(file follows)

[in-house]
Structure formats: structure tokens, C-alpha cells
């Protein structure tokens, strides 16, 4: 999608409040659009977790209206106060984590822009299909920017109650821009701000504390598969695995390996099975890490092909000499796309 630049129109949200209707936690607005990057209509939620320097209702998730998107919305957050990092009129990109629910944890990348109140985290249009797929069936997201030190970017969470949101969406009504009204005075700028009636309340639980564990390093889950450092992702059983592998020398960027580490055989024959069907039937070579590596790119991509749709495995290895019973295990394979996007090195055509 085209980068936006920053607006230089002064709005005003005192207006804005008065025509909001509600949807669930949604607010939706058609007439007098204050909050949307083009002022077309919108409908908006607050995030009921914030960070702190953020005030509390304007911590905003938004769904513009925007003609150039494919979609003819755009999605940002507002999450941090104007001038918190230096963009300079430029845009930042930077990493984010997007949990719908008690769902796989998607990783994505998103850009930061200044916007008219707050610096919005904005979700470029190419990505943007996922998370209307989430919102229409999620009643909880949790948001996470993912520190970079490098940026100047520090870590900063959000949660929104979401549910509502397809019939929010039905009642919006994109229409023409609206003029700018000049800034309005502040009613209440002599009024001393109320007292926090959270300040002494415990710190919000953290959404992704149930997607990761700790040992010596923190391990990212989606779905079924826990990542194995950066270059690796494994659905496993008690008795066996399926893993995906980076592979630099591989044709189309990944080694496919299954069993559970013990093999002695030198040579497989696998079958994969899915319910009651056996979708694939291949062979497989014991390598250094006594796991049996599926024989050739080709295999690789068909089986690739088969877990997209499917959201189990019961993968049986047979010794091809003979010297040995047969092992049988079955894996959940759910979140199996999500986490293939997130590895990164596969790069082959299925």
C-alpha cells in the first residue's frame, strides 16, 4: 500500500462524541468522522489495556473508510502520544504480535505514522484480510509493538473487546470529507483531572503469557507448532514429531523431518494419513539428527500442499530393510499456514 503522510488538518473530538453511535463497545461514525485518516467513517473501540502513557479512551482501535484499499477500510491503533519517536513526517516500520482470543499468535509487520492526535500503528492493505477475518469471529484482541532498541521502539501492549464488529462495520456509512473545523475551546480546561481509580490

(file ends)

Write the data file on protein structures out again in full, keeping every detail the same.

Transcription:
[in-house]
Structure formats: structure tokens, C-alpha cells
């Protein structure tokens, strides 16, 4: 999608409040659009977790209206106060984590822009299909920017109650821009701000504390598969695995390996099975890490092909000499796309 630049129109949200209707936690607005990057209509939620320097209702998730998107919305957050990092009129990109629910944890990348109140985290249009797929069936997201030190970017969470949101969406009504009204005075700028009636309340639980564990390093889950450092992702059983592998020398960027580490055989024959069907039937070579590596790119991509749709495995290895019973295990394979996007090195055509 085209980068936006920053607006230089002064709005005003005192207006804005008065025509909001509600949807669930949604607010939706058609007439007098204050909050949307083009002022077309919108409908908006607050995030009921914030960070702190953020005030509390304007911590905003938004769904513009925007003609150039494919979609003819755009999605940002507002999450941090104007001038918190230096963009300079430029845009930042930077990493984010997007949990719908008690769902796989998607990783994505998103850009930061200044916007008219707050610096919005904005979700470029190419990505943007996922998370209307989430919102229409999620009643909880949790948001996470993912520190970079490098940026100047520090870590900063959000949660929104979401549910509502397809019939929010039905009642919006994109229409023409609206003029700018000049800034309005502040009613209440002599009024001393109320007292926090959270300040002494415990710190919000953290959404992704149930997607990761700790040992010596923190391990990212989606779905079924826990990542194995950066270059690796494994659905496993008690008795066996399926893993995906980076592979630099591989044709189309990944080694496919299954069993559970013990093999002695030198040579497989696998079958994969899915319910009651056996979708694939291949062979497989014991390598250094006594796991049996599926024989050739080709295999690789068909089986690739088969877990997209499917959201189990019961993968049986047979010794091809003979010297040995047969092992049988079955894996959940759910979140199996999500986490293939997130590895990164596969790069082959299925």
C-alpha cells in the first residue's frame, strides 16, 4: 500500500462524541468522522489495556473508510502520544504480535505514522484480510509493538473487546470529507483531572503469557507448532514429531523431518494419513539428527500442499530393510499456514 503522510488538518473530538453511535463497545461514525485518516467513517473501540502513557479512551482501535484499499477500510491503533519517536513526517516500520482470543499468535509487520492526535500503528492493505477475518469471529484482541532498541521502539501492549464488529462495520456509512473545523475551546480546561481509580490